4 Ways to Prepare for Instructional Leadership

If you have a vision of instructional leadership in your future, how can you start preparing now?

In teaching and teacher leadership, there are so many opportunities to grow, especially in the world of education reform. If you are in a place that does not allow for you to grow or get the support to grow into a desired role, find a place that will foster that within you. Your development should be a priority for you as a teacher leader. One question I frequently get asked is: how can I develop into an instructional leader?

Here are 4 ways in which you can prepare yourself for instructional leadership:

1. Observe as much instruction as you possibly can.
It is important to get into classrooms in order to build your capacity to support others. Do work or answer emails in a colleague’s classroom (with their permission). Sit in on grade levels that you haven’t taught. Take an afternoon to visit a school that has a reputation for being excellent. Come visit a YES Prep campus here in Houston! If you have a mentor, make it a point to observe that individual. The instruction does not even have to be particularly strong because observing a range of teaching will give you critical experience.

As you are visiting classrooms think about the key factors in the instruction and culture. What would make the MOST difference for the kids in the room? Also, push yourself to understand the engagement level of the kids and the urgency of the teacher. These thinking exercises will challenge your own understanding and expose you to other approaches to teaching.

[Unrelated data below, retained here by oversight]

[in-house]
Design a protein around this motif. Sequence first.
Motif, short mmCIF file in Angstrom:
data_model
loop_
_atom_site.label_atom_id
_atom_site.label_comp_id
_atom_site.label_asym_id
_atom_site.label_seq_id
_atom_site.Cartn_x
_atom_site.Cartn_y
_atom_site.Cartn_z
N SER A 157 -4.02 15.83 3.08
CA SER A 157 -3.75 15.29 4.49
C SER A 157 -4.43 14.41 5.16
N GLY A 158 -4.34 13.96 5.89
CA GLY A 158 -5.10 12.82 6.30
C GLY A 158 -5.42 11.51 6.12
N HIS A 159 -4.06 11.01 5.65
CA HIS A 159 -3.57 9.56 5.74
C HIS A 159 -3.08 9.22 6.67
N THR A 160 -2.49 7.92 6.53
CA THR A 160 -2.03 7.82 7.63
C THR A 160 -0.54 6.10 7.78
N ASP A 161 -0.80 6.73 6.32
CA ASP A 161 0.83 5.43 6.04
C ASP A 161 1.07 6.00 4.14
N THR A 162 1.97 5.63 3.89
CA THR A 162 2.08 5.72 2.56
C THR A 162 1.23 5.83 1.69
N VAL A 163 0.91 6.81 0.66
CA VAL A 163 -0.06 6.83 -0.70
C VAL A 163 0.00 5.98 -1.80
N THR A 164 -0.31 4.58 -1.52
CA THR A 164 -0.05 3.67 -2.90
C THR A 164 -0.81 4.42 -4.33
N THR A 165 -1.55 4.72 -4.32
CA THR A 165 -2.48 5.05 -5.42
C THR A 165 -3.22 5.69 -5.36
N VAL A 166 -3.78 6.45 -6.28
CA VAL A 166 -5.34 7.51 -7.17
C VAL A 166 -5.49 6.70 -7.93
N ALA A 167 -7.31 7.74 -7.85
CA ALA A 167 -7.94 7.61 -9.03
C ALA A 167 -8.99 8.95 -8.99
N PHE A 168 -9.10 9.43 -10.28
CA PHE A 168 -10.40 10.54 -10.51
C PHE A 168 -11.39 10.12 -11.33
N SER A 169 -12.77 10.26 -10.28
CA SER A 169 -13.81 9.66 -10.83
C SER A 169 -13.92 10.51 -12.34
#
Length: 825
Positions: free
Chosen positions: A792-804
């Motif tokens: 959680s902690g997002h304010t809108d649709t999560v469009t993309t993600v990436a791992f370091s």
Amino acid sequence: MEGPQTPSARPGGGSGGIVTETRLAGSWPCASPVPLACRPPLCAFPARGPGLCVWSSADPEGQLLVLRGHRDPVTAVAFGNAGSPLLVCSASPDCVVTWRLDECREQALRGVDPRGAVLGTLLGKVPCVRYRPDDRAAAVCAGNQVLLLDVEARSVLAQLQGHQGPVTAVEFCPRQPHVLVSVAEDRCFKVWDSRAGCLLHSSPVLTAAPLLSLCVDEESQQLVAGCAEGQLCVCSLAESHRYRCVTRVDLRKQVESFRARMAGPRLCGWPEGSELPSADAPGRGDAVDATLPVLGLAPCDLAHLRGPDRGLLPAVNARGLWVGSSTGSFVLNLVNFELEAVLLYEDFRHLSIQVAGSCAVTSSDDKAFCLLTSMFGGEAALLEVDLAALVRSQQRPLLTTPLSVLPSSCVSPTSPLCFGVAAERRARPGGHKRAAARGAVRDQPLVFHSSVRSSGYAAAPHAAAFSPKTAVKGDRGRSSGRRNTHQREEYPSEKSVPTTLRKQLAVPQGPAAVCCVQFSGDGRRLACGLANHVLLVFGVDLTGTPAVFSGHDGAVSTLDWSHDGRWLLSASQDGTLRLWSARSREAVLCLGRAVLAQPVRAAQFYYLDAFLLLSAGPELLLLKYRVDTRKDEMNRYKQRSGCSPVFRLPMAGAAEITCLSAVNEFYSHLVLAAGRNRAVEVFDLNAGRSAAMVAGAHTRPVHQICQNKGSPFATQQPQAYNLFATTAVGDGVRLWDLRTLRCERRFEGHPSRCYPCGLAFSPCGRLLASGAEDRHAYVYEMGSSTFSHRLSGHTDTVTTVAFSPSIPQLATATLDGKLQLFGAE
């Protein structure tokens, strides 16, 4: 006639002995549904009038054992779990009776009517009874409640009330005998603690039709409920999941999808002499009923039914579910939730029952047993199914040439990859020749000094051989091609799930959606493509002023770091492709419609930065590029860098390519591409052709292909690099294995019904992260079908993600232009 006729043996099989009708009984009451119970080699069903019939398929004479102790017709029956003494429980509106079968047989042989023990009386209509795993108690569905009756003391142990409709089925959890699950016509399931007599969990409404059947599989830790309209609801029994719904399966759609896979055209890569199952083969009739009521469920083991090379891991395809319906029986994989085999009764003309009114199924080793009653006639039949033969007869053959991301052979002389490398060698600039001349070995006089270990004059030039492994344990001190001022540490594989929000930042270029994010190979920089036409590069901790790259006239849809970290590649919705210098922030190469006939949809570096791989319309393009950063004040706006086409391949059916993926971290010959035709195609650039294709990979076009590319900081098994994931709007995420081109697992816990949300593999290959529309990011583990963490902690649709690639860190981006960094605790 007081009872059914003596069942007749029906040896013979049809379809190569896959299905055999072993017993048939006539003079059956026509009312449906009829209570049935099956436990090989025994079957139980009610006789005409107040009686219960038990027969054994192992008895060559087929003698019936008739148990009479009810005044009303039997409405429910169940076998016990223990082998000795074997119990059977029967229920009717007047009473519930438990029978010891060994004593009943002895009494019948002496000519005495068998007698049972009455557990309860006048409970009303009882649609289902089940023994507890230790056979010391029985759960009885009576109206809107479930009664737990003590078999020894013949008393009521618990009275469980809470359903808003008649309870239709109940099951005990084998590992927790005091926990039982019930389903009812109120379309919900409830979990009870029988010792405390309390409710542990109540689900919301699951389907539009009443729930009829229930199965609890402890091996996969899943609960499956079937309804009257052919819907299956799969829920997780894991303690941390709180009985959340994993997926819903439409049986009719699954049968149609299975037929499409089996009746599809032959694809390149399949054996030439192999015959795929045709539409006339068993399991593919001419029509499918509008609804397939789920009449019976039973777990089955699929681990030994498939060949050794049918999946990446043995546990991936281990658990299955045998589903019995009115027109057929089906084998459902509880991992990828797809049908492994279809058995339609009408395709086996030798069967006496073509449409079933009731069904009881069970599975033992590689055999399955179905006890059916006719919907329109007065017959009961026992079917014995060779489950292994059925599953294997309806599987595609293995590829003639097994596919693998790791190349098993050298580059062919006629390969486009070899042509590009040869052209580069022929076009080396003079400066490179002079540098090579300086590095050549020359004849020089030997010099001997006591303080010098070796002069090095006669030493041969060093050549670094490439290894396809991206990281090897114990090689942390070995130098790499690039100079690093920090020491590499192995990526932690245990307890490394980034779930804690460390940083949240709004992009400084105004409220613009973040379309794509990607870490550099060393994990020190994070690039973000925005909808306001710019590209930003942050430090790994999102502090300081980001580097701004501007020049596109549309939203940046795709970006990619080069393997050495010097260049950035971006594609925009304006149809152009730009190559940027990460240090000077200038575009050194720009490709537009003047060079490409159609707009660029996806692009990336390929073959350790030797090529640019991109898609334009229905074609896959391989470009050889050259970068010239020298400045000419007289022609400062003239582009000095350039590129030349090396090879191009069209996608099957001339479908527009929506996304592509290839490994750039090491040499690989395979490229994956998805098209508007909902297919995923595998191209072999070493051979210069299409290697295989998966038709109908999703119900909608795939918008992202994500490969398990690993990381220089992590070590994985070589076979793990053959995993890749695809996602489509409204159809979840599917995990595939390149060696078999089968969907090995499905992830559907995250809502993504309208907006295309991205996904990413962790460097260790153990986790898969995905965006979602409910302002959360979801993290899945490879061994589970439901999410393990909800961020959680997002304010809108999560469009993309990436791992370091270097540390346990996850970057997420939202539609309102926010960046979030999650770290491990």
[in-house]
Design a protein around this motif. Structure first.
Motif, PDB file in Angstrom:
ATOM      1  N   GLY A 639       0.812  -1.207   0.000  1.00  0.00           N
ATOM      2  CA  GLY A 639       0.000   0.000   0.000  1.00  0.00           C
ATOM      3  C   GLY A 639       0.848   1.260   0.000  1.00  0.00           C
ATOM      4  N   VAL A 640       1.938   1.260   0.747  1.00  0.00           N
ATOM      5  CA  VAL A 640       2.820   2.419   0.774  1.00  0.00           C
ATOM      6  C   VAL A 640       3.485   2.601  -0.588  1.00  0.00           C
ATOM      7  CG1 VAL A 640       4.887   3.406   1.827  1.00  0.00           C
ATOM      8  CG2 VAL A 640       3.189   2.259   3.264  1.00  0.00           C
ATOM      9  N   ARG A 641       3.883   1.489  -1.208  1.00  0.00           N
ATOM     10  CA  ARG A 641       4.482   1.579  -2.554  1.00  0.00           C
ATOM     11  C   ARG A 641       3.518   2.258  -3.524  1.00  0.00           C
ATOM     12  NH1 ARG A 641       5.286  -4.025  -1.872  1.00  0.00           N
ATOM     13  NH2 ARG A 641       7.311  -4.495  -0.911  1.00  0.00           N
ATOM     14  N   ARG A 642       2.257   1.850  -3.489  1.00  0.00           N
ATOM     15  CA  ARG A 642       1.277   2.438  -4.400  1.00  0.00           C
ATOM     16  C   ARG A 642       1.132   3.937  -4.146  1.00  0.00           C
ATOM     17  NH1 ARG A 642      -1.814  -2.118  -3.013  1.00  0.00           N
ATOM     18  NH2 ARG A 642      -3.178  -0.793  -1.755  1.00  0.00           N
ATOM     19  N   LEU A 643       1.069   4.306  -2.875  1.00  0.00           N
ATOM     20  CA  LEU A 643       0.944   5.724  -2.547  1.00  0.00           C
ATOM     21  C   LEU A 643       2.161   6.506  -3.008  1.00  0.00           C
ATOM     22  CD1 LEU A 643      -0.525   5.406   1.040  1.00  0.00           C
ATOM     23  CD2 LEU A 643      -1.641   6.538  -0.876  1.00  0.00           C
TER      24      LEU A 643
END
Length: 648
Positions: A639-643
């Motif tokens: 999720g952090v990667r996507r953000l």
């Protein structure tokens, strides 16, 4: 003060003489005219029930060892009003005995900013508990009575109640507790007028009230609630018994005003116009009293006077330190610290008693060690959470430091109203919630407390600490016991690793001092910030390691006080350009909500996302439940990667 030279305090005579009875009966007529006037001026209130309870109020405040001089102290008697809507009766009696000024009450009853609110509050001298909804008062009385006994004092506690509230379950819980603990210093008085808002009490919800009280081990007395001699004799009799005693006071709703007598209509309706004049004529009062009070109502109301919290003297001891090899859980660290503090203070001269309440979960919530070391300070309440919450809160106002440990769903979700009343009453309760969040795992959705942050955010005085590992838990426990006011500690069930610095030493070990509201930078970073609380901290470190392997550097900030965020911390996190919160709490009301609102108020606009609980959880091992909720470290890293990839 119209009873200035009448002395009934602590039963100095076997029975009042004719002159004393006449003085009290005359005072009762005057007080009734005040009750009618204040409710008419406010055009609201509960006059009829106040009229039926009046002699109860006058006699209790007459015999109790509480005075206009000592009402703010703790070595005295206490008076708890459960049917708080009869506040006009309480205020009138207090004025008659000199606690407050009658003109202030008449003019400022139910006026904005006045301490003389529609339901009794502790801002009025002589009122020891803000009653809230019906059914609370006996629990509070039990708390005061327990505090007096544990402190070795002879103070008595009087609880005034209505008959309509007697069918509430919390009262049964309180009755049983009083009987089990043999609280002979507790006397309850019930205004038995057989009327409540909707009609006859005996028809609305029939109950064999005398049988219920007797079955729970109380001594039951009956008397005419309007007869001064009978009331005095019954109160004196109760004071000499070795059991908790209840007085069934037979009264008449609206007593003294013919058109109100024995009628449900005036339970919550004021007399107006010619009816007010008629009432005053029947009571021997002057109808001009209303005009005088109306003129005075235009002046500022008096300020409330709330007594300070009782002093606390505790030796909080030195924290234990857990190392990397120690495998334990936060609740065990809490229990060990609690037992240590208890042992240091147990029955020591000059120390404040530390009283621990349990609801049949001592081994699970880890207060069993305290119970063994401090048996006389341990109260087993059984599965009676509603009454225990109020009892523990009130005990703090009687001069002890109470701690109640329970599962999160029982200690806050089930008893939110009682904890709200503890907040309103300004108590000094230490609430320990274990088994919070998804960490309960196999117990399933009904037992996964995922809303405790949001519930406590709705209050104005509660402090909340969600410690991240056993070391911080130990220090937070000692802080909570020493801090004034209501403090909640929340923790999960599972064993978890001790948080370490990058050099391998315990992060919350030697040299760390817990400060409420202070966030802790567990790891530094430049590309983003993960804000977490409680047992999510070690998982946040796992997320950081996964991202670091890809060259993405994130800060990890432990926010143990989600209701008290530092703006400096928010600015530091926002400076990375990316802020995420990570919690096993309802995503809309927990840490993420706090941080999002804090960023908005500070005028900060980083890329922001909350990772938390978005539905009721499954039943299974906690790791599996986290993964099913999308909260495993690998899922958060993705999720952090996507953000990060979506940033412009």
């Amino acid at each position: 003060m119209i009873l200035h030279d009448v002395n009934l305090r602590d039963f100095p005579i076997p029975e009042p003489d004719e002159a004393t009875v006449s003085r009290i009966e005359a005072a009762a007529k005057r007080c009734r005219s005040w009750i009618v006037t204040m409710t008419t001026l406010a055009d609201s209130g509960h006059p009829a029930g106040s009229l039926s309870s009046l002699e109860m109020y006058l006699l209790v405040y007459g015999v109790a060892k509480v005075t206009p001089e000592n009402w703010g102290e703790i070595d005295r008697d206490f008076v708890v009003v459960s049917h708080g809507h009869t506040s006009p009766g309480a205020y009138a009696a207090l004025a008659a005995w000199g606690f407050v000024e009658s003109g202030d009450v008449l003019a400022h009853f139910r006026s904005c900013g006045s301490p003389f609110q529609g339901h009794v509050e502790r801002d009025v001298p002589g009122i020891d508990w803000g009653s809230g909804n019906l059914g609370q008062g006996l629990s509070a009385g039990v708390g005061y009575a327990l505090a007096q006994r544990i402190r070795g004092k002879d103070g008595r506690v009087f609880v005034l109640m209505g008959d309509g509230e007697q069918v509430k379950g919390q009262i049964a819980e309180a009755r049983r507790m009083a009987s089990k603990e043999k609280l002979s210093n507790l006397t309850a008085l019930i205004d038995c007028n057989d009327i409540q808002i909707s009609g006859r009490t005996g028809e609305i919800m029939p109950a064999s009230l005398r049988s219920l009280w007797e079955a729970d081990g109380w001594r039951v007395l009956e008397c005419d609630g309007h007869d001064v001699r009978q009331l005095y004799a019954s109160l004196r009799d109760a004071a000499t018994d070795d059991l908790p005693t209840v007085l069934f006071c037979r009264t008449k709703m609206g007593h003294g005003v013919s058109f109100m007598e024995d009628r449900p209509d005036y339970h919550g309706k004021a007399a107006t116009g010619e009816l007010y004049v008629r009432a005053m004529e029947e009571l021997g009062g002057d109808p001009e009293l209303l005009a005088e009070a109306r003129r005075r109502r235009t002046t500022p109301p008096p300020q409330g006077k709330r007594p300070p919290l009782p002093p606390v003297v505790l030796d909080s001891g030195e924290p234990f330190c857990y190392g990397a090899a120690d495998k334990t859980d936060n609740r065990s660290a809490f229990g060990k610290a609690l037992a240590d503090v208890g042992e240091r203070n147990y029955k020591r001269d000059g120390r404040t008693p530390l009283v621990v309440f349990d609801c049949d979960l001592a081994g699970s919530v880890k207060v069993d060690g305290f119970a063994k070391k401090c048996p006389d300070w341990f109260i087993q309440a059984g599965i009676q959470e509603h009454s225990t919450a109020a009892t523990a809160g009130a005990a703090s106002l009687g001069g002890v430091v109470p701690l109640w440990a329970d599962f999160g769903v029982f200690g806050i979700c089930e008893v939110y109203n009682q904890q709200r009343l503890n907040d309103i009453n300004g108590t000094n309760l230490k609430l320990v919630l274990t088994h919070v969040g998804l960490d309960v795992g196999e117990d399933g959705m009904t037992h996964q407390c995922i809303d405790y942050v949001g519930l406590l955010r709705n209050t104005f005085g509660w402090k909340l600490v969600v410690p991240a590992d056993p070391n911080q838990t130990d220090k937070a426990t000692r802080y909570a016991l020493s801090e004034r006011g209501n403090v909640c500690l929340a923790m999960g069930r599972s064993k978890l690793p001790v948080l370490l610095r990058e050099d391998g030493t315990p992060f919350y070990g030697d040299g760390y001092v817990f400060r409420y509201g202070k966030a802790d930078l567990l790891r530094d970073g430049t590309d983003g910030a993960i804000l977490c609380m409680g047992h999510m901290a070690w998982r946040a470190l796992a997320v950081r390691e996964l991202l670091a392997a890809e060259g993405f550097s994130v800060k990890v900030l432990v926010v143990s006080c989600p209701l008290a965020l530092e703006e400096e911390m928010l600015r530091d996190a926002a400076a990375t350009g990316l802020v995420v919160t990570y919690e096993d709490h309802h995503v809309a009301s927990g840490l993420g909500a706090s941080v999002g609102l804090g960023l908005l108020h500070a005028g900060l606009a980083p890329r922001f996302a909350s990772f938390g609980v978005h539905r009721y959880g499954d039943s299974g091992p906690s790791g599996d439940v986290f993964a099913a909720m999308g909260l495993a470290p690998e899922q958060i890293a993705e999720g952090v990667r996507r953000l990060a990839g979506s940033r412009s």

2. Ask others to observe you AND give you feedback.
Being as proactive as possible to improve your own instruction is another key way to grow into instructional leadership. Reach out and ask teachers and leaders you respect to observe you and give you feedback. As a future instructional leader, you will need to model strong instruction as well as collaborate and support other teachers. Furthermore, it’s critical that you can accept feedback as well as provide it. Believing in the value of feedback is first and foremost. The cycle of receiving and implementing feedback is at the heart of instructional leadership.
 
3.  Branch out.
If you haven’t taught in more than one grade level or subject, I’d suggest trying to get some experience in a new area.  It may not be wise to go from teaching high school ELA to middle school math, but even going up or down a grade level in your own content area can give you much needed perspective.  You might even try teaching something completely different for summer school to get a feel for what it’s like.  The more perspectives you have, the more flexible your toolbox becomes and your range of experience will add weight and legitimacy to your feedback and coaching in the future. 

4. Read, baby, read.
One cannot underestimate the power of reading all that the education world offers us. And try to read texts, blogs, books, and resources that are as practical as possible. When it comes to supporting teachers, you need to be able to articulate the what, the why and the how of strategy and instruction. This is not to say that there is no value in theory, because there is. However, to launch your career, my recommendation is to stay as grounded in strategy for effective teaching and student learning as you possibly can.
 
What books would you recommend for people looking to become instructional leaders? Leave your recommendations in the comments.

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